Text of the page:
Caught in the Middle
Ordinary Civilians in Syria
Protests against the regime of Syrian president, Bashar Assad, erupted in March 201. Demonstrates in Damascus and the southern city of Deraa demand the release of political prisoners. Although initially peaceful, security forces shoot a number of people dead in Deraa, triggering days of violent unrest that steadily spread nationwide over the following months. In response to being ordered to shoot unarmed civilians, large numbers of soldiers and police deserted and formed the core of the Free Syrian Army (FSA), which was soon joined by civilian volunteers. Since early 2012 the protest movement has escalated into an armed uprising that many consider to have become a civil war.
Whichever side civilians support, they have long borne the brunt of a conflict they did not choose and that no-one seems capable of stopping. Hundreds of thousands have fled the country, creating large refugee populations in Turkey, Jordan and Lebanon. Those who have stayed have no food, no water, no electricity.
Sanitation systems have broken down and piles and piles of uncollected waste lying everywhere.Diseases are spreading among people whose immune systems have been weakened by hunger. Tuberculosis is ravaging some neighbourhoods, and there have been hundreds of cases of leishmaniasis, a skin disease transmitted by sand flies.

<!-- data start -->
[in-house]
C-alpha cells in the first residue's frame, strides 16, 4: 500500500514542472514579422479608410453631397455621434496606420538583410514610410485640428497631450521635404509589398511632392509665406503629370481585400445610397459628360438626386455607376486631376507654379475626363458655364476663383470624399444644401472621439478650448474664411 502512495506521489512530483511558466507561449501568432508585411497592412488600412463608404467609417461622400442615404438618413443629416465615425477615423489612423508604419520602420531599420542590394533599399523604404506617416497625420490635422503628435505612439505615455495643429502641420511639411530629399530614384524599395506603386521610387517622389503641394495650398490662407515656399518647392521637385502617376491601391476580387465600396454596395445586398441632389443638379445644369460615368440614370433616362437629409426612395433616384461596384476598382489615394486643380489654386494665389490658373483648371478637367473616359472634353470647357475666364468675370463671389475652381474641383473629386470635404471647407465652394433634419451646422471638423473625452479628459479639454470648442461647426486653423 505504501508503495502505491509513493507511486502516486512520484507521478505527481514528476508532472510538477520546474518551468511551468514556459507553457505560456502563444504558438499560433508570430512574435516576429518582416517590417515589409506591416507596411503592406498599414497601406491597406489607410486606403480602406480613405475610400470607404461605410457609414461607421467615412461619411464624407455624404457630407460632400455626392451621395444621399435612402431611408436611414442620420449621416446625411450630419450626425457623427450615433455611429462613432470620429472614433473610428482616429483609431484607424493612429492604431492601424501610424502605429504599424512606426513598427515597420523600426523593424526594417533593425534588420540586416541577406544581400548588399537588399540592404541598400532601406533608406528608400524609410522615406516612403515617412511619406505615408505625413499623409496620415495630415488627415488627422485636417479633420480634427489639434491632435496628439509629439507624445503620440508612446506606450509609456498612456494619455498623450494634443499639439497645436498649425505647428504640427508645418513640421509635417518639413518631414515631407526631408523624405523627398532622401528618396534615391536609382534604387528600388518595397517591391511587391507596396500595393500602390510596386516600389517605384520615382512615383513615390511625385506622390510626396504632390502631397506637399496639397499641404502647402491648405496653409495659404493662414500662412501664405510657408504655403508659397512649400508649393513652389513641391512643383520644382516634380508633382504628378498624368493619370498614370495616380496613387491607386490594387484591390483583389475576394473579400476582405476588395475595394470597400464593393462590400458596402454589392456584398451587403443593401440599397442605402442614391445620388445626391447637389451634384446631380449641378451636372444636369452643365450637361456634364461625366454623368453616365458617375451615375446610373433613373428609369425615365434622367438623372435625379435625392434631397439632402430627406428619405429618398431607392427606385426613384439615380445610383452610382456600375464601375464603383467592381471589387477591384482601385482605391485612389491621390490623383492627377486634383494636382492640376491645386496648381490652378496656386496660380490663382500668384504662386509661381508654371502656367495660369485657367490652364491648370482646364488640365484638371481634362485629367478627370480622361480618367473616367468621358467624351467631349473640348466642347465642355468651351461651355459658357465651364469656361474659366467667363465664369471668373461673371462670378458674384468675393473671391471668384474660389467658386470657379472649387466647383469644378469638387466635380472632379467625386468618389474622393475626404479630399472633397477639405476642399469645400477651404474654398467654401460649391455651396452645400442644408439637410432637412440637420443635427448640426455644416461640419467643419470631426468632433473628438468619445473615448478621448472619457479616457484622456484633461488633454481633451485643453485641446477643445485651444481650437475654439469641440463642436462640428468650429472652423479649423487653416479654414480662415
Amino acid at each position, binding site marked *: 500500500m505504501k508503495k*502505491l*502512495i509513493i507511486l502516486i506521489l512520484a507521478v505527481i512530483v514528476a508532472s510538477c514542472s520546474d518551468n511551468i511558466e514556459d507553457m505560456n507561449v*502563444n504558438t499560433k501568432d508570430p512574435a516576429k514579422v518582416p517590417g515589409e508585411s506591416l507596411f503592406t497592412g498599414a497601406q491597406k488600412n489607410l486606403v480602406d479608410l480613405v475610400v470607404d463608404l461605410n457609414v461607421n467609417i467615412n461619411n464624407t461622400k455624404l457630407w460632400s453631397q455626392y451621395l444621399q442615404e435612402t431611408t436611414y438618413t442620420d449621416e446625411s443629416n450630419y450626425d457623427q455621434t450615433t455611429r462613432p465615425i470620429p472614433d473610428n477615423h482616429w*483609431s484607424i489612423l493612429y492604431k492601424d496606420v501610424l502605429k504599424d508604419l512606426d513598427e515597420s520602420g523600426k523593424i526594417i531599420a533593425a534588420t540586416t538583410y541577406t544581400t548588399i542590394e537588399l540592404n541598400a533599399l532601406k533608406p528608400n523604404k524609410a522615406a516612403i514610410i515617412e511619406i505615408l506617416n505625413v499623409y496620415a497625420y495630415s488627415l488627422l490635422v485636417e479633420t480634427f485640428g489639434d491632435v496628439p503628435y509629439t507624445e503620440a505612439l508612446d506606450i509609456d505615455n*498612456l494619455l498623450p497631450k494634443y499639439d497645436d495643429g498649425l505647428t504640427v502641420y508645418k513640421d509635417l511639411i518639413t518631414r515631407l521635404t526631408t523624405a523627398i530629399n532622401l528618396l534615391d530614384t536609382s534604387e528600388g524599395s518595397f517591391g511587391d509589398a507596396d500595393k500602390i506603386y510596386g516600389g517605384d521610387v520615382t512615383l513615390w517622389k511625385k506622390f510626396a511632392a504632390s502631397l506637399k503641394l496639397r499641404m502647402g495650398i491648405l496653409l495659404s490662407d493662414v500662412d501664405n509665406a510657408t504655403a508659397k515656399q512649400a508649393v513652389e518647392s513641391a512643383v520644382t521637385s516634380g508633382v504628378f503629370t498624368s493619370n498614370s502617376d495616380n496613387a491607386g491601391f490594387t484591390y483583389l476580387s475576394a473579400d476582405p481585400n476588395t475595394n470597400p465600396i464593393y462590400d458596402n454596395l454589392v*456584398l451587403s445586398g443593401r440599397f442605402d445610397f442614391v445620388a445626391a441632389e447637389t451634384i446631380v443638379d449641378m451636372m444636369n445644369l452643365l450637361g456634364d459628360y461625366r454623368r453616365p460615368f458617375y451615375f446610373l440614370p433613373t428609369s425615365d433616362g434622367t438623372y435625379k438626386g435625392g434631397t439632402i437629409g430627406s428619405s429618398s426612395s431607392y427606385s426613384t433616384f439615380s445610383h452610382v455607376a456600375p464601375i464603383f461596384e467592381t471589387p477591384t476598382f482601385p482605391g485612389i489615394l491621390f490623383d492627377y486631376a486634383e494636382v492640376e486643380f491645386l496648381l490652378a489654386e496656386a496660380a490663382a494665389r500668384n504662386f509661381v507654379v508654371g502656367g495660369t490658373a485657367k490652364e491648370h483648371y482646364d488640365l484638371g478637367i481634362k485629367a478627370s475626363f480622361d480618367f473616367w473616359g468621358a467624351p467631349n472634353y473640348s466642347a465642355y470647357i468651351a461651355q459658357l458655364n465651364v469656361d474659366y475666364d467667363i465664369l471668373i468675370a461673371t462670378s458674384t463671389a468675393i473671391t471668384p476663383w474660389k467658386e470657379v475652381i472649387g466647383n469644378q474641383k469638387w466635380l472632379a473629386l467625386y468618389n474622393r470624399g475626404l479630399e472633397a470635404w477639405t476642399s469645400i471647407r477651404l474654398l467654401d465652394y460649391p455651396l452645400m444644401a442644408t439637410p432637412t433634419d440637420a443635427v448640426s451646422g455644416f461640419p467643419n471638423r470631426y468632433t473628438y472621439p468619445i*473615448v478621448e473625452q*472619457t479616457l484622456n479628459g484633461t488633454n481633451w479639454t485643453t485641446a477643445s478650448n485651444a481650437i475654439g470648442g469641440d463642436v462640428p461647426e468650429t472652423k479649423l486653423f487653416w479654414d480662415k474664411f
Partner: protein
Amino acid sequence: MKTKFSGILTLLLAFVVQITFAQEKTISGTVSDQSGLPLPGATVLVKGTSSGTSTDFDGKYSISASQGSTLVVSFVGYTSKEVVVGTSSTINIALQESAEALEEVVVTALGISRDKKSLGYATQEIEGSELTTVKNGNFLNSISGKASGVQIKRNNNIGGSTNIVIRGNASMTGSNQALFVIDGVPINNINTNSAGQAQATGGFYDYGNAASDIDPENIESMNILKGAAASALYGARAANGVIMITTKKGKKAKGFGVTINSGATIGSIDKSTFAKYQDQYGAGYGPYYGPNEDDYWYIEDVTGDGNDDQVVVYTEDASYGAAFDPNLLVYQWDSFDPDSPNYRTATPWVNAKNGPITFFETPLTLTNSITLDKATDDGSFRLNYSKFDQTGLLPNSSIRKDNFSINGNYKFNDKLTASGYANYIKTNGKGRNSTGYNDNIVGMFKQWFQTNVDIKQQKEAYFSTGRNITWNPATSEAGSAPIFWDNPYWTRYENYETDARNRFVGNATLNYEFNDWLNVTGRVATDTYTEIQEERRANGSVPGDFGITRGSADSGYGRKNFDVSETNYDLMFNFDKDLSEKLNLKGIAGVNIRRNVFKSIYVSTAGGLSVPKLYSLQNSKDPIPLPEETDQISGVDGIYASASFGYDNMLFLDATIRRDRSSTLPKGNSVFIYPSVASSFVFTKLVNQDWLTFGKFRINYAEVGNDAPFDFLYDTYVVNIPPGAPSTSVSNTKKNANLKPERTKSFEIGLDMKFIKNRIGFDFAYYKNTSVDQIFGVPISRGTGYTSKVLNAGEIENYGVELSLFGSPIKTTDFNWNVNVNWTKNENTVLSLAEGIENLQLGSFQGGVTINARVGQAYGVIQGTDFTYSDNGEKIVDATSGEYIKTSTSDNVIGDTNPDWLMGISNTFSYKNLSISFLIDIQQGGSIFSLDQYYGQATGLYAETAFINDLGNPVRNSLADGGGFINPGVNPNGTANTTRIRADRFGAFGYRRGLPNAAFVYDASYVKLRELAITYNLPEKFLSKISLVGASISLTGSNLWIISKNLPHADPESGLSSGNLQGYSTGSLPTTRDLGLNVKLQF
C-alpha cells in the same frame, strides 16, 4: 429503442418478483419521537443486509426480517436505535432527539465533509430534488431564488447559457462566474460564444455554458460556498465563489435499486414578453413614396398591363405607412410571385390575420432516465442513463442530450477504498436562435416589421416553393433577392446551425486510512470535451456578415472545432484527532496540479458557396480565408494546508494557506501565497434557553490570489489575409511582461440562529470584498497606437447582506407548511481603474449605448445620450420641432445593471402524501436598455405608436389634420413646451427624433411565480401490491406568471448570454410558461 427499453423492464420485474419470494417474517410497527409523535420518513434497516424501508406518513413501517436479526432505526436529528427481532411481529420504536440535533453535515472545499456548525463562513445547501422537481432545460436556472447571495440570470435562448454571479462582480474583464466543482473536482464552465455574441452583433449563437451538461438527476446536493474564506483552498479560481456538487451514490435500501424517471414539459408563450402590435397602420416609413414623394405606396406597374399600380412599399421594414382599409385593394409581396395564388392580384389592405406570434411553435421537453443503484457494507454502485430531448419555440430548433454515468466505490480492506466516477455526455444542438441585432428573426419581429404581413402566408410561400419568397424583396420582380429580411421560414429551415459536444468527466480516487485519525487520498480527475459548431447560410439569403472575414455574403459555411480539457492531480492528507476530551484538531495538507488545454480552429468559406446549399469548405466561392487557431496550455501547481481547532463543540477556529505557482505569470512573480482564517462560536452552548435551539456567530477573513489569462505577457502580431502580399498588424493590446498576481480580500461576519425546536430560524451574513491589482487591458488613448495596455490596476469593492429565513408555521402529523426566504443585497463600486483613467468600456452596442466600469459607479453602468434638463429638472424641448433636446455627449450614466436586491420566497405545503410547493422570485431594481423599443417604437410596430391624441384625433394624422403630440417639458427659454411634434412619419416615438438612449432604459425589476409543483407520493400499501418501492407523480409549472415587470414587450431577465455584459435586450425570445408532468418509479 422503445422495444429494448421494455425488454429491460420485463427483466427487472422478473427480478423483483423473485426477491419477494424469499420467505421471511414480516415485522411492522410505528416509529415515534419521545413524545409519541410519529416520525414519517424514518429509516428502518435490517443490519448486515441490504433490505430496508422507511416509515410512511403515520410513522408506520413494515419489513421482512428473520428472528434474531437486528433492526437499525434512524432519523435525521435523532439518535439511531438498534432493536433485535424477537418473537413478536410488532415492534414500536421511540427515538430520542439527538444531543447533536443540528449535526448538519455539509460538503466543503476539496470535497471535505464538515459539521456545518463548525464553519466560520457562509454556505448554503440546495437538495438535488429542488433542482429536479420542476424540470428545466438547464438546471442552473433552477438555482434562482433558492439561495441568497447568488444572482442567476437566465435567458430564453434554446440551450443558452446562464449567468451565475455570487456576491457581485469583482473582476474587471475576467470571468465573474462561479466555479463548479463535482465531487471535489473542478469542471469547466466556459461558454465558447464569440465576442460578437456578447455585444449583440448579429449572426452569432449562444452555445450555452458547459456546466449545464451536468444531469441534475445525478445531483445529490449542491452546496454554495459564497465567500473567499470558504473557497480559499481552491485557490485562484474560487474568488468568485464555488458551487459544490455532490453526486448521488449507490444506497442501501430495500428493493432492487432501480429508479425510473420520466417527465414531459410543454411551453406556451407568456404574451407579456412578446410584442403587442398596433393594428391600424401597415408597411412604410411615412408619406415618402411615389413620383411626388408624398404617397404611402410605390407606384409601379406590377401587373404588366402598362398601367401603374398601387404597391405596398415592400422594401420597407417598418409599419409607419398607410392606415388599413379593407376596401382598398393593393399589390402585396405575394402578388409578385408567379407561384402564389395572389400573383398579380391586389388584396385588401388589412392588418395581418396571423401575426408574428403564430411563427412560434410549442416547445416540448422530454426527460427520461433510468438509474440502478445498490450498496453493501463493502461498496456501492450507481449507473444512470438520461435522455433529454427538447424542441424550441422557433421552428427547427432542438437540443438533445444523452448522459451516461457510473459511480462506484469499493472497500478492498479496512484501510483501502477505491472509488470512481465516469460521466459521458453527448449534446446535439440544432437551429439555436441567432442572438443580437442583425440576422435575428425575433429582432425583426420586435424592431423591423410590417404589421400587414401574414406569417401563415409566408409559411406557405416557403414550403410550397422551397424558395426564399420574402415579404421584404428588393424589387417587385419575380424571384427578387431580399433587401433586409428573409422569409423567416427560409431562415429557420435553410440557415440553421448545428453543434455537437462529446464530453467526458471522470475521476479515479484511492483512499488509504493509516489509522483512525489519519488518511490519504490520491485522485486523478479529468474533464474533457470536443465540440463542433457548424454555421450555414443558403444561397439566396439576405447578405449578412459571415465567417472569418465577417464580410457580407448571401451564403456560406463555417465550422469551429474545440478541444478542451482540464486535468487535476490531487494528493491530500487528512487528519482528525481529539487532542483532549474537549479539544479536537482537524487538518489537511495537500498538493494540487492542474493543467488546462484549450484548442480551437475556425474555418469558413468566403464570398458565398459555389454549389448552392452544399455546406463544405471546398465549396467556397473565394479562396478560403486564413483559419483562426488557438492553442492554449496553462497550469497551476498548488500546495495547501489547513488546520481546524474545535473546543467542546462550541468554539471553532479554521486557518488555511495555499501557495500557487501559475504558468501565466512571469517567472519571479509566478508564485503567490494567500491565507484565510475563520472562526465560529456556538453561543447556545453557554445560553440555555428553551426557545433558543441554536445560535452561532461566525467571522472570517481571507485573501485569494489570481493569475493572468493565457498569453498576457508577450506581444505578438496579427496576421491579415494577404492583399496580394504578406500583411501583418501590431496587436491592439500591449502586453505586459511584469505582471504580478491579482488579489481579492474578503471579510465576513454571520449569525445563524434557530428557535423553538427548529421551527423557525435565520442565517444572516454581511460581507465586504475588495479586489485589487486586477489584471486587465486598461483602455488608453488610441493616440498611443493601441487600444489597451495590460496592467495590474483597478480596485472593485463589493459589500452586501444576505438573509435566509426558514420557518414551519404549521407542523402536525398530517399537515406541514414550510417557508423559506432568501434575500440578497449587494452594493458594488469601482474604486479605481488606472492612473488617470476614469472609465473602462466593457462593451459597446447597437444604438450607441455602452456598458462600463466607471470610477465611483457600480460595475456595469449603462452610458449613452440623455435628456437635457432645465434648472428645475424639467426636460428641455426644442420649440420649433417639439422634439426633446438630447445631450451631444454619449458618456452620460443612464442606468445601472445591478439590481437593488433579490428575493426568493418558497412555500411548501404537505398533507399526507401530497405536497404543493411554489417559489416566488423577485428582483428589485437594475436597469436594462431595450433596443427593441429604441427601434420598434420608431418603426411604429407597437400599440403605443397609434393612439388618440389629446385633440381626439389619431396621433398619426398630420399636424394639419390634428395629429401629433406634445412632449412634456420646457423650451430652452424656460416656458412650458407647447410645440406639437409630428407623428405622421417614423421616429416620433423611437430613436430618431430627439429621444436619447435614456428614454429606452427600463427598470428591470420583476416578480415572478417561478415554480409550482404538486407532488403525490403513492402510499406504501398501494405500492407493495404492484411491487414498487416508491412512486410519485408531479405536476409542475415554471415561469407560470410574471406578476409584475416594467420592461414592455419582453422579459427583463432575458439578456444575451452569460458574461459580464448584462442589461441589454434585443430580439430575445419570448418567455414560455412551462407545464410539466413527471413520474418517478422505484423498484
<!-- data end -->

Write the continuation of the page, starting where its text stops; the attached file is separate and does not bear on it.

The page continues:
Factories and businesses have ground to a halt. Jobs are almost nonexistent. Fresh meat and groceries are available, but prices have inflated so much that is beyond the means of people who have not worked for such a long period. People’s savings are exhausted and whatever they could sell is sold.
In Syria today, there are no easy solutions. On one hand, the regime can no longer hold its control on northern cities, while on the other hand, rebel fighters are still not fit to provide the population with their basic needs. War profiteers have made the situation even worse.
The long-term psychological damage on an entire generation of Syrians has yet to be played out. If there is no immediate action the world will watch a horrifying humanitarian crisis in one of the oldest civilizations.